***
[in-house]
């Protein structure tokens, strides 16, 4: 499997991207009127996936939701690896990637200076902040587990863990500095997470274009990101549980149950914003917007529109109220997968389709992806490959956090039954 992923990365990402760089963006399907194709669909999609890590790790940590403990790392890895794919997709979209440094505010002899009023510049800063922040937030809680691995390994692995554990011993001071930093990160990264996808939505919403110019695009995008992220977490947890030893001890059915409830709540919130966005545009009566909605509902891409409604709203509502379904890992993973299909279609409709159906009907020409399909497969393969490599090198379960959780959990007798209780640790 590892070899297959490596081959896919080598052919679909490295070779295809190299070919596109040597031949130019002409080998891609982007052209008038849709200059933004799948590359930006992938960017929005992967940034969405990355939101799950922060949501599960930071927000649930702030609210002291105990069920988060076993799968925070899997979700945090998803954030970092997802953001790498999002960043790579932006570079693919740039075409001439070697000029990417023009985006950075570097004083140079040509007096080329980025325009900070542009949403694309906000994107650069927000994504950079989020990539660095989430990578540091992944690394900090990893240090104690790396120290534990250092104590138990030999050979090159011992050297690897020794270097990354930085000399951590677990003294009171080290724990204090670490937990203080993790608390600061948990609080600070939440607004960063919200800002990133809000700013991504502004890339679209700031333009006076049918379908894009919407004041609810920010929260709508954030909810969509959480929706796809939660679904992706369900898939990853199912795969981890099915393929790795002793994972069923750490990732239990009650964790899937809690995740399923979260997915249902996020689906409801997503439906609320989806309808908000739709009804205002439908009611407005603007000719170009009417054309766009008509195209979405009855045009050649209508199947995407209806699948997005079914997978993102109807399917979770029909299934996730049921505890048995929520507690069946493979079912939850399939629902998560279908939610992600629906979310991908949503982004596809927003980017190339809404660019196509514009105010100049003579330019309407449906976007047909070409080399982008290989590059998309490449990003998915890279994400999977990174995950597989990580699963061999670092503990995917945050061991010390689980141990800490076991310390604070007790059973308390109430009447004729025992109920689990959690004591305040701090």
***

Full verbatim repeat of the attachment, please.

[in-house]
């Protein structure tokens, strides 16, 4: 499997991207009127996936939701690896990637200076902040587990863990500095997470274009990101549980149950914003917007529109109220997968389709992806490959956090039954 992923990365990402760089963006399907194709669909999609890590790790940590403990790392890895794919997709979209440094505010002899009023510049800063922040937030809680691995390994692995554990011993001071930093990160990264996808939505919403110019695009995008992220977490947890030893001890059915409830709540919130966005545009009566909605509902891409409604709203509502379904890992993973299909279609409709159906009907020409399909497969393969490599090198379960959780959990007798209780640790 590892070899297959490596081959896919080598052919679909490295070779295809190299070919596109040597031949130019002409080998891609982007052209008038849709200059933004799948590359930006992938960017929005992967940034969405990355939101799950922060949501599960930071927000649930702030609210002291105990069920988060076993799968925070899997979700945090998803954030970092997802953001790498999002960043790579932006570079693919740039075409001439070697000029990417023009985006950075570097004083140079040509007096080329980025325009900070542009949403694309906000994107650069927000994504950079989020990539660095989430990578540091992944690394900090990893240090104690790396120290534990250092104590138990030999050979090159011992050297690897020794270097990354930085000399951590677990003294009171080290724990204090670490937990203080993790608390600061948990609080600070939440607004960063919200800002990133809000700013991504502004890339679209700031333009006076049918379908894009919407004041609810920010929260709508954030909810969509959480929706796809939660679904992706369900898939990853199912795969981890099915393929790795002793994972069923750490990732239990009650964790899937809690995740399923979260997915249902996020689906409801997503439906609320989806309808908000739709009804205002439908009611407005603007000719170009009417054309766009008509195209979405009855045009050649209508199947995407209806699948997005079914997978993102109807399917979770029909299934996730049921505890048995929520507690069946493979079912939850399939629902998560279908939610992600629906979310991908949503982004596809927003980017190339809404660019196509514009105010100049003579330019309407449906976007047909070409080399982008290989590059998309490449990003998915890279994400999977990174995950597989990580699963061999670092503990995917945050061991010390689980141990800490076991310390604070007790059973308390109430009447004729025992109920689990959690004591305040701090």